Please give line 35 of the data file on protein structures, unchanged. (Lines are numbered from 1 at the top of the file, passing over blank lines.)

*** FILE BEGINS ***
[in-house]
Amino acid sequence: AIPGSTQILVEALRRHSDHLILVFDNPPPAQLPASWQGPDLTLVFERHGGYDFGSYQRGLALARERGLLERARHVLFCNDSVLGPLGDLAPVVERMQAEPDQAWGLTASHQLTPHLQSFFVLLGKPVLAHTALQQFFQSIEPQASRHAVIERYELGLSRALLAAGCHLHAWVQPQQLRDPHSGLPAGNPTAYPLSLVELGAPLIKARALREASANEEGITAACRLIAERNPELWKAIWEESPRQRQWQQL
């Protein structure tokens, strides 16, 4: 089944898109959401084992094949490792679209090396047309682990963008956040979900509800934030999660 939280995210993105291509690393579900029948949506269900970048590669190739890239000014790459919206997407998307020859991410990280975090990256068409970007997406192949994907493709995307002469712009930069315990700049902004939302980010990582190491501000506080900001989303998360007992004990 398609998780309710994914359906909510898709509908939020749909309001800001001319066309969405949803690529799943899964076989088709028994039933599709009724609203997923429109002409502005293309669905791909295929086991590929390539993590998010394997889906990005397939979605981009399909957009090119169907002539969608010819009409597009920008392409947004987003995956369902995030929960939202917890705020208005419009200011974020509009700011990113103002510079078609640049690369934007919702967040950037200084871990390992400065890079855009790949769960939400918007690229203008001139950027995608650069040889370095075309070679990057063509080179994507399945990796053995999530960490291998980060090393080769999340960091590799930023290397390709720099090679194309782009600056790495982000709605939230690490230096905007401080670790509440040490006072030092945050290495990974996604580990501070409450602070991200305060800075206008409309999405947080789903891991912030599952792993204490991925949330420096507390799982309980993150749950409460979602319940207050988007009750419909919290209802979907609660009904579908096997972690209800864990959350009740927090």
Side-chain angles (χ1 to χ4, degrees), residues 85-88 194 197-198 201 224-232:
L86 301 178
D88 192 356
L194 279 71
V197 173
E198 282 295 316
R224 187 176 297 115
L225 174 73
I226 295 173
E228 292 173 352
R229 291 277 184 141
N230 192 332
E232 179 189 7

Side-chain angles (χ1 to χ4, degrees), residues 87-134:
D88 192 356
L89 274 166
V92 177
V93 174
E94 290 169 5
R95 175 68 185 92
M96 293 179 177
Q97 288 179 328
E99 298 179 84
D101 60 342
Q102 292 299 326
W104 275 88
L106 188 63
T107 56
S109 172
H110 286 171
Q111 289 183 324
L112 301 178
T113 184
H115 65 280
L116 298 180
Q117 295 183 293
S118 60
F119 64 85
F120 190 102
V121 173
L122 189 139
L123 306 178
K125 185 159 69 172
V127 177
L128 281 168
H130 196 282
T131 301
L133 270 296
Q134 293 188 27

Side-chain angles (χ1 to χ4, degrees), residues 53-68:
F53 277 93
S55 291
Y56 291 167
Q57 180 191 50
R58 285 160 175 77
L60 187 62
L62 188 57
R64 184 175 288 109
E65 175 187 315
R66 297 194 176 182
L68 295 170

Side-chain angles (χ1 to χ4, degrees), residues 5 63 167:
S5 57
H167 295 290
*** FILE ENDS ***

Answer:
L112 301 178